Being in that industry made me realize that I was interested in other forms of media, and soon the idea for Darling came about through one of my conversations with Kelli.
We started concepting out what Darling would be, the different sections and how it would be positioned as a brand and its mission and ethos. At that point I guess I just more became an editor more than anything. Once I was in that position I realized that it was something I really enjoyed. In the past, I’d always enjoyed writing and editing my own work and putting together visuals, and so in essence, it’s just the same idea: art direction, but in a different medium, so I have a lot of fun with my job.
Darling is such an incredible publication and it makes me so happy there is something like this out there: a beautifully, curated magazine with truly wonderful content, all about celebrating women. Do you ever have to ‘pinch’ yourself that this is your job? What is your office environment like?
Yes, I think sometimes I do! It’s more from the perspective of realizing how hard it was in the beginning to start the magazine. We spent almost 3 years concepting the entire thing, and actually coming from that point to getting it on Kickstarter was just such a long journey. When we reached our Kickstarter goal, we began to build up our circulation and it’s surreal that Darling has now reached millions of people.
So I think that it is a mixture of being shocked that I am here, but also that it seems like that journey was both really short but really long at the same time. It’s incredible looking back and thinking about all the decisions, all the photoshoots, all the articles, all the different people who I’ve worked with and just everything that has gone into building something that is hopefully lasting.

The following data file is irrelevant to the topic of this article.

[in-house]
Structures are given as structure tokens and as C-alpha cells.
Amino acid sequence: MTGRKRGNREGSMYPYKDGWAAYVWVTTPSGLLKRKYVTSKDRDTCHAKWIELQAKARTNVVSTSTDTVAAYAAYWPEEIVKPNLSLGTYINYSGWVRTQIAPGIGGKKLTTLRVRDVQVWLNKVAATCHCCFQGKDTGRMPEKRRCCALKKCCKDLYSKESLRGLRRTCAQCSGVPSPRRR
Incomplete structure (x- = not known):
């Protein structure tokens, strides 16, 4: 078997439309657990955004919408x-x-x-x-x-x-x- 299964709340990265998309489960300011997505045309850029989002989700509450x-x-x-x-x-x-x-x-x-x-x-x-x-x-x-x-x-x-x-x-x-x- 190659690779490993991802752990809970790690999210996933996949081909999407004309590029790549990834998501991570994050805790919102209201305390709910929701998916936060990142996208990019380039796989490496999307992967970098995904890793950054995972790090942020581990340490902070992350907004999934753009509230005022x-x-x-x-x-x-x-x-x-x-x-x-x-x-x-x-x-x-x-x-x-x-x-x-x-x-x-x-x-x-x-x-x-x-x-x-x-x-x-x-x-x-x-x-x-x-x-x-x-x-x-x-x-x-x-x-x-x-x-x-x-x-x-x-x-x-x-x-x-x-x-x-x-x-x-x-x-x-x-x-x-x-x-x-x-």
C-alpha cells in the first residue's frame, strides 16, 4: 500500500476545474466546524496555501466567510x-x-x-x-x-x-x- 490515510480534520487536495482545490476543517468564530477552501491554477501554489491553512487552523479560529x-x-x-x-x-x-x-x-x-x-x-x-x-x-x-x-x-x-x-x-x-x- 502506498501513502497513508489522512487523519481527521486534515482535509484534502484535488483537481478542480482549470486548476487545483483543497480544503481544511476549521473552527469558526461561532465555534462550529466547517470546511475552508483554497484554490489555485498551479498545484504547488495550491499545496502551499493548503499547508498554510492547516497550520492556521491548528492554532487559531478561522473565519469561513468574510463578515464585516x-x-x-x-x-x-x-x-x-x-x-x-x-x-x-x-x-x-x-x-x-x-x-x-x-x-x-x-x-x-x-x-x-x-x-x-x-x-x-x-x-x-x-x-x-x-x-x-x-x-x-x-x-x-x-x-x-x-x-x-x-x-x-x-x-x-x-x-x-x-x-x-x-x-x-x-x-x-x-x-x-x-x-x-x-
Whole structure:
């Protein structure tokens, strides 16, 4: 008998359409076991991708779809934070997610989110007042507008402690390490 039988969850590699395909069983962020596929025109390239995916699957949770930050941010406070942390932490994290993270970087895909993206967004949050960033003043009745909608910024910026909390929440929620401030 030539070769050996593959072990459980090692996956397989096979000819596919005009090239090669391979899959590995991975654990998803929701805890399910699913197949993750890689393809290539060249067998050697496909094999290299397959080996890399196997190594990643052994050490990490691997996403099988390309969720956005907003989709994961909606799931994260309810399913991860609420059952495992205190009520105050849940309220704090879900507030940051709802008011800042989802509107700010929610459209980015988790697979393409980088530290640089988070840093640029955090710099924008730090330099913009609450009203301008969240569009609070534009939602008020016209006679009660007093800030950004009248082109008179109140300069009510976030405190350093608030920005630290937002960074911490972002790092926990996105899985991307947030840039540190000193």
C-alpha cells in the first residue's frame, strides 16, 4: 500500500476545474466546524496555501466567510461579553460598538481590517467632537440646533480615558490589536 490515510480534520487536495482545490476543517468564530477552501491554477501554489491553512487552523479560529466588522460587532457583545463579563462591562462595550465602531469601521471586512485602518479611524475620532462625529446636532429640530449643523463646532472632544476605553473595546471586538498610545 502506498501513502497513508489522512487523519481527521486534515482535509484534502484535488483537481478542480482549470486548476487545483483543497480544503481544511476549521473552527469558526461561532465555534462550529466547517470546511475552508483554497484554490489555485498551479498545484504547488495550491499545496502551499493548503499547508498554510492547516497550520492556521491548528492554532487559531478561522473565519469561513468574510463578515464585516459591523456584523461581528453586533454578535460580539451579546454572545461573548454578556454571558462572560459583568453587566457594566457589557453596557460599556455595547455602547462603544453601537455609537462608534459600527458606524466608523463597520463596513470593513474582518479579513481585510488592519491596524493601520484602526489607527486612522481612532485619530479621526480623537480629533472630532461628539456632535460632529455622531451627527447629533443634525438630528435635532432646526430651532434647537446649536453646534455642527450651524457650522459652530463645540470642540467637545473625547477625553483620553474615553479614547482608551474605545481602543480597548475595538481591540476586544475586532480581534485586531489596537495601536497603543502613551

Our office is upbeat, fun, and everyone always has a heart for the mission, so we are really just always excited to bounce ideas off of each other. We work together on everything so it’s all a collaboration. We laugh a lot, but we also work really, really hard; everyone wears multiple, multiple hats and that’s just the reality of a healthy startup. Everyone tag-teams on projects just because you don’t have even 10 people working in the same department at the beginning. We’ve grown and will continue to, but it’s an overall team spirit environment.
What is your favorite part about your job? Most rewarding? Most challenging?